AS FESTIVALS GO, The Piano had all the makings of a sell-out success. So how did it go so badly wrong?
Back in August I reported on a brilliant initiative by Glasgow Life, the city council vehicle charged with devising and promoting Glasgow’s UNESCO City of Music programme.
It was an open day at Glasgow Royal Concert Hall (GRCH) during the Commonwealth Games, with concerts involving all three national orchestras, Nicola Benedetti and all manner of chamber music in every performable space in the building. The place was buzzing; it was a triumph of coordinated planning and collaboration. There was a sense that Glasgow’s musical life was singing from the same hymn sheet. Glasgow Life artistic director Svend Brown could be forgiven that day for sporting a grin like a Cheshire cat.
Last week, the opposite happened. Glasgow Life put on a week-long programme of events under the banner The Piano, omitted to take into account what else was going on, and consequently drowned in a sea of cancellations and last-minute changes. The biggest irony? Everything Glasgow Life was competing against was happening within its own administrative walls.
Firstly, there was direct conflict. Last Saturday night, when Nicolas Hodges was due to perform Stockhausen’s Klavierstücke in the Strathclyde Suite at the GRCH. Shouting distance away in the main hall, at the same time, Nicola Benedetti was appearing as soloist with the RSNO.
I’m sorry, but unless you’ve been holed up in a monastery for the past ten years, you simply don’t offer a Stockhausen alternative to Benedetti in the same venue. You may as well put camel liver on the same school dinner menu as burgers and pizza. But then to cancel the Stockhausen with a published explanation “that unfortunately this concert has had to be cancelled due to circumstances outwith our control”? I asked Brown what the real reason was. He admitted it was “due to low sales”.
The same stock apology was posted for the last-minute cancellation of international star Denis Kozhukhin (and his planned morning masterclass for Royal Concervatoire students), this time at the City Halls and conflicting again with the RSNO at GRCH.
Those who’d signed up for the Kozhukhin concert were to be offered a full refund plus a free ticket to Elisabeth Leonskaja’s recital the following day. Was Kozhukhin pulled for the same reason as Hodges? “There was more to it than that,” says Brown, “but yes, there were low sales.” Leonskaja’s recital went ahead – she was in Scotland to play that week with the Scottish Chamber Orchestra anyway – with an audience of 300 in the 1000-seater City Halls.
Then there was Friday 14th’s fiasco. I arrived at the GRCH at 7:30pm for the Gould Piano Trio’s 8pm kick-off in the Strathclyde Suite, only to be informed – by the regular street panhandler outside the hall – that the concert had been moved to the City Halls Recital Room.
This was confirmed by a GRCH steward, who informed me and several other misguided punters that a car would transport us to the City Halls. Then we were told it was making no more runs, so we’d have to make our own way to the new venue, where, incidentally, another direct conflict was in progress: Leonskaja’s marathon sell-out SCO season concert featuring both Brahms’ piano concertos. Unsurprisingly, a mere 30-plus attended the relocated Gould Trio, some of whom had been notified directly about the change.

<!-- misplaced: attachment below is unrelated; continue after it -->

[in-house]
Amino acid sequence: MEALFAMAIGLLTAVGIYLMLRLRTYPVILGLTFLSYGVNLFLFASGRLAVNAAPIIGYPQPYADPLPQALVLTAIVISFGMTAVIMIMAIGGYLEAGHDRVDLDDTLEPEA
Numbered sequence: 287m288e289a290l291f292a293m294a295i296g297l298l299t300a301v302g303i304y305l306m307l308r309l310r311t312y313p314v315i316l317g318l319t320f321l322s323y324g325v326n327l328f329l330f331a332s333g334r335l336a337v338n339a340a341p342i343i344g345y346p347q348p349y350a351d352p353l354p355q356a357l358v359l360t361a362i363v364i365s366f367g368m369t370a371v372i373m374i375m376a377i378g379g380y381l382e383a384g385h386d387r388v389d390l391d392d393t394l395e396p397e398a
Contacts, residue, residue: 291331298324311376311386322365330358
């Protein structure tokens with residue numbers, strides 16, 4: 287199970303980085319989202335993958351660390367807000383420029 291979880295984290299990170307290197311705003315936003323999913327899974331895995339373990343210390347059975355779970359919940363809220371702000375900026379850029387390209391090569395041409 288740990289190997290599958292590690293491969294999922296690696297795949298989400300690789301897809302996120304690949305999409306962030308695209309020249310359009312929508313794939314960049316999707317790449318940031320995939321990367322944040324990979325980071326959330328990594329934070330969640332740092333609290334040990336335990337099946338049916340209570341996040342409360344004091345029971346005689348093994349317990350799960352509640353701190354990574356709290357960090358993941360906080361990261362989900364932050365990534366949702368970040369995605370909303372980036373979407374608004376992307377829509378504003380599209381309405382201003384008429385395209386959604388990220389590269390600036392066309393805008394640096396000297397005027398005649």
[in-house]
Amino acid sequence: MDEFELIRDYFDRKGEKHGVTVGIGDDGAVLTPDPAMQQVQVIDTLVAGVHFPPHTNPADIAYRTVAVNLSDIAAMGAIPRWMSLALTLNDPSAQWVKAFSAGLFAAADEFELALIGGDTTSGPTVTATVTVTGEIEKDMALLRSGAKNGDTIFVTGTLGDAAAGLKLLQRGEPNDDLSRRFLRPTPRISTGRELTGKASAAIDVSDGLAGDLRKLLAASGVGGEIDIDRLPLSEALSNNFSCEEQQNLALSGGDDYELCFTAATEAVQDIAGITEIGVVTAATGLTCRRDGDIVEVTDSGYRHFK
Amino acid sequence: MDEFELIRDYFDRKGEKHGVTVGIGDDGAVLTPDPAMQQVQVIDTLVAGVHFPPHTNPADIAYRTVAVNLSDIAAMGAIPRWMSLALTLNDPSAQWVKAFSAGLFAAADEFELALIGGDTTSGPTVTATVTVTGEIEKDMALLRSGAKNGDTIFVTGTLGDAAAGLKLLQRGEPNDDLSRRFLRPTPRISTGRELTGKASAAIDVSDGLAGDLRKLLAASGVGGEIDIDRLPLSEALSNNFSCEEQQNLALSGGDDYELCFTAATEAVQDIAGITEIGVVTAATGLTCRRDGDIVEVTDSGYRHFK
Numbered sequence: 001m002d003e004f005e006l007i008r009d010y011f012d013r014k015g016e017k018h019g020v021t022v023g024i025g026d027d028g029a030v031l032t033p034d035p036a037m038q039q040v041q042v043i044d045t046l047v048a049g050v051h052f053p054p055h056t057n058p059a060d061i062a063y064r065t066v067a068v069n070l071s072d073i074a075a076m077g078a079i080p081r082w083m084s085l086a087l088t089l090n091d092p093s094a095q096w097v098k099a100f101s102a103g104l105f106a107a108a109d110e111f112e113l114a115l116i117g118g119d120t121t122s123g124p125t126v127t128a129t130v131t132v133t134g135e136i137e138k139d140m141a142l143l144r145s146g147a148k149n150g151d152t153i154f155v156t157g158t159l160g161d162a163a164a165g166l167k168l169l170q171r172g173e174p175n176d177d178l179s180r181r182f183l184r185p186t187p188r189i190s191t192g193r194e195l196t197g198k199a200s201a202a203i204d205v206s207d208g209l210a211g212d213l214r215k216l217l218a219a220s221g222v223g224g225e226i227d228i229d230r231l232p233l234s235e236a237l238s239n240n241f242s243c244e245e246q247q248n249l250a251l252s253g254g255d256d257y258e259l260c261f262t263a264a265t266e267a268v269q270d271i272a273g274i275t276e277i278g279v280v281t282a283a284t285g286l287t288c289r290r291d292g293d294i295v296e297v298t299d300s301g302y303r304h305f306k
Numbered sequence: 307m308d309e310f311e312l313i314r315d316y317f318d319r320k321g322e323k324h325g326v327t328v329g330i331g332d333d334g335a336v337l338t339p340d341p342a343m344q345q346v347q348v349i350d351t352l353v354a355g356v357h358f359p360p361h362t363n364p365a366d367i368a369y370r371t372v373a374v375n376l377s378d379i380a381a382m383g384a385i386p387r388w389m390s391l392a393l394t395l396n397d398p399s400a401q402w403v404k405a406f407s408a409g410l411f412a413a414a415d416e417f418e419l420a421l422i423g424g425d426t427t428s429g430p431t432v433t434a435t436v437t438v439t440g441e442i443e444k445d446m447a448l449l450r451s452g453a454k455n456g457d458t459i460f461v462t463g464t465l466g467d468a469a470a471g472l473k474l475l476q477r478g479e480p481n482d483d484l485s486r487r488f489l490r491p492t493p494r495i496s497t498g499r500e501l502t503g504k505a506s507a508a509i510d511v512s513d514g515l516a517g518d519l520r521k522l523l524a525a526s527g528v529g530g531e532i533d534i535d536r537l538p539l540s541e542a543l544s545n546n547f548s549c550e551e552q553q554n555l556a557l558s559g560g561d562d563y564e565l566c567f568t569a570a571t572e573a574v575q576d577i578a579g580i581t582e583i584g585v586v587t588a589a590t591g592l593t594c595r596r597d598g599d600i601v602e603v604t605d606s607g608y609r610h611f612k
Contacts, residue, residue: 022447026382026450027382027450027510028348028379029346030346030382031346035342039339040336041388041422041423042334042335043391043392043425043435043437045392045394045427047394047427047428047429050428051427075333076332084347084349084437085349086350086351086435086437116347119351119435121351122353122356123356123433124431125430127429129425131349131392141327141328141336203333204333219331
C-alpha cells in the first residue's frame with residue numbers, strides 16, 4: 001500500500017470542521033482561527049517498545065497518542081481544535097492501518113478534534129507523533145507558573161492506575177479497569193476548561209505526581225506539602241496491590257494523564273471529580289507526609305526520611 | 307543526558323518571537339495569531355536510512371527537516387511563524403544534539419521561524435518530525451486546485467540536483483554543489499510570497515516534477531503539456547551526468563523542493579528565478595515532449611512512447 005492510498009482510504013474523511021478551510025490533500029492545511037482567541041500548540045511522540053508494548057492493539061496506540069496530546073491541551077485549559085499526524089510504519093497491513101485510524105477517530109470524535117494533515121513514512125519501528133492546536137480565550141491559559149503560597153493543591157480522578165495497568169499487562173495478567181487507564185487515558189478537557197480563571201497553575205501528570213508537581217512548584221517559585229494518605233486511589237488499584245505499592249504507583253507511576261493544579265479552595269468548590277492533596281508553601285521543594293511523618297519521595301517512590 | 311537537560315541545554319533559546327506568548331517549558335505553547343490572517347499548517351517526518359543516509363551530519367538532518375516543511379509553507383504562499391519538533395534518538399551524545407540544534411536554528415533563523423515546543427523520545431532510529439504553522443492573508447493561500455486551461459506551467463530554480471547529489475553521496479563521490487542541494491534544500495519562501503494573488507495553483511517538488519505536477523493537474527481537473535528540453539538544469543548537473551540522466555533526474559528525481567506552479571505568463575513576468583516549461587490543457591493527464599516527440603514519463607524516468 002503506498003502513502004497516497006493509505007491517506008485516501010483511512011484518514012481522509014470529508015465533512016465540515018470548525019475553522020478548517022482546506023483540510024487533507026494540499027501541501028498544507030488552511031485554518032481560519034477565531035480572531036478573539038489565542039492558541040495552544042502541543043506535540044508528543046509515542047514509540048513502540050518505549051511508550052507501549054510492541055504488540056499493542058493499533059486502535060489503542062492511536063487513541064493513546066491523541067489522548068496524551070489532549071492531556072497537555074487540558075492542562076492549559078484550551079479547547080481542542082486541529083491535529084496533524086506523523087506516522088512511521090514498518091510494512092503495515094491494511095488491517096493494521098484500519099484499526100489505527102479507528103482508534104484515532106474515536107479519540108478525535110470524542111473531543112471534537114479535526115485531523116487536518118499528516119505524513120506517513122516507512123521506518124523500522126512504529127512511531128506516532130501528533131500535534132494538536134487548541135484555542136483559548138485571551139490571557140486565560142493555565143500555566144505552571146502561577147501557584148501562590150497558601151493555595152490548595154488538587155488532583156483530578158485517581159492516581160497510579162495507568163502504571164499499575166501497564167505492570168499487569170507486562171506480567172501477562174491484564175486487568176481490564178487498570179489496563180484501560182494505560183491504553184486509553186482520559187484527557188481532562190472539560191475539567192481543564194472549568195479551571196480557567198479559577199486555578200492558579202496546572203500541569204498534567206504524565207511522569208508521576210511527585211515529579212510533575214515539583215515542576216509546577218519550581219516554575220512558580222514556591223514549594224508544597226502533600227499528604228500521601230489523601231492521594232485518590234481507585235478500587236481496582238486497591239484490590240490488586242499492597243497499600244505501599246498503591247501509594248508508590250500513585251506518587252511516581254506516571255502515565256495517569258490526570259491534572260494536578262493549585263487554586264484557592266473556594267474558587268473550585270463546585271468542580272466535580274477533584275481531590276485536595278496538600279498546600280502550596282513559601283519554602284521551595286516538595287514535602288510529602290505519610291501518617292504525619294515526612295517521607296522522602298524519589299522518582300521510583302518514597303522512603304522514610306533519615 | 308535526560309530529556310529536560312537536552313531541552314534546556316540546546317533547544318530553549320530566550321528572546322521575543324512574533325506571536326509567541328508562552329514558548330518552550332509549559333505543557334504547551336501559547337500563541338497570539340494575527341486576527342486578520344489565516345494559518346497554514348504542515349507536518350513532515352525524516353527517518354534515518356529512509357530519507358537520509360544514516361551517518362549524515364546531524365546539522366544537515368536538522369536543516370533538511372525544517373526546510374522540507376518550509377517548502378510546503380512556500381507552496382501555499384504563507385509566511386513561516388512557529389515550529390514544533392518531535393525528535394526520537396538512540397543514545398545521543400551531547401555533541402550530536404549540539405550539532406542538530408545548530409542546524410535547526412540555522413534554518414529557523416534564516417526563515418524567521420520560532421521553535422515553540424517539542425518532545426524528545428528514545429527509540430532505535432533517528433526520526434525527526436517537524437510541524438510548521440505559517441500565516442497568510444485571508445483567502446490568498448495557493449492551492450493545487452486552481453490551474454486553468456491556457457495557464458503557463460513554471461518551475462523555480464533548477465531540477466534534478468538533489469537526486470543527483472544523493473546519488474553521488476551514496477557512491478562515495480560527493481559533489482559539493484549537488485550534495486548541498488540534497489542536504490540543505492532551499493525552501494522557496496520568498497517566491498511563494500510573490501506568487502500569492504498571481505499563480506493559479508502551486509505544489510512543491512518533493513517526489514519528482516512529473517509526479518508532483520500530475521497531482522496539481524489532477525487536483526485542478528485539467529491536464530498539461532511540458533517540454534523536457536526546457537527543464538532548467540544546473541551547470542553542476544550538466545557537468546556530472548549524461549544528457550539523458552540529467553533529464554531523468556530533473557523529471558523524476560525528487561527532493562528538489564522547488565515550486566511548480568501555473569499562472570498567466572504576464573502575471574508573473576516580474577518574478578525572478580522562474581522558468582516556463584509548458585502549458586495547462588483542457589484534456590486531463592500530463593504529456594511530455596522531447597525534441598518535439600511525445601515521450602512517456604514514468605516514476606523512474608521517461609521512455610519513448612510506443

The concert itself was excellent – or at least the first half was: an electrifying performance of James MacMillan’s hi-octane Piano Trio No 2, billed as the Scottish Premiere. Funny that. I recognised it as a work I heard at the East Neuk Festival in July. Last I heard, Fife was still in Scotland, and Svend Brown is still the founding director and planner of that self-same festival. As for the second half, and scunnered by the lame excuse that the move had resulted from a conference at the GRCH that “we hadn’t been aware of and had overrun” (this from the organisation that has an office in the GRCH), I forsook Beethoven’s Archduke Trio and took myself into the main hall to hear Leonskaja play her magisterial Brahms’ Second Concerto with the SCO.
Whichever way you look at it, The Piano was a disaster brought about by bad planning. Sure, a capacity crowd made it to Alfred Brendel’s Strathclyde Suite lecture (though a faulty sound system left many unable to hear him), and last Saturday’s late-night jazz, with young Scots jazz pianist Euan Stevenson, seemed to hit the right note in drawing a niche crowd.
But did Glasgow Life ever consider all that was happening in the city that week, not least with the orchestras, every one of which had a guaranteed sell-out on their hands: Thursday’s Donald Runnicles 60th birthday programme (Beethoven 9) with the BBC SSO and Edinburgh Festival Chorus; Friday’s SCO Brahms double bill; and Saturday’s RSNO/Benedetti concert?
Did Brown ever consult the orchestra bosses, whose programmes would have been known, even in draft, well in advance? Knowledge of these three orchestral concerts alone – never mind the Hebrides Ensemble’s Dead Elvis concert at the City Halls on 10 November – should have set off alarm bells for anyone potentially targeting the same audience.
“There are clash meetings involving the orchestras, but not me,” Brown admits. “That is something I’m now trying to fix. We’ve programmed these piano events for three years now. We’re looking hard at what went wrong this year. Financially, this left us a couple of thousand [pounds] under target.”
We want to see as much quality classical music as we can, and Glasgow has the infrastructure to deal with it and generally does it well. But when avoidable mistakes like this are made, aren’t we in danger of killing the goose that lays the golden egg? It can’t happen again.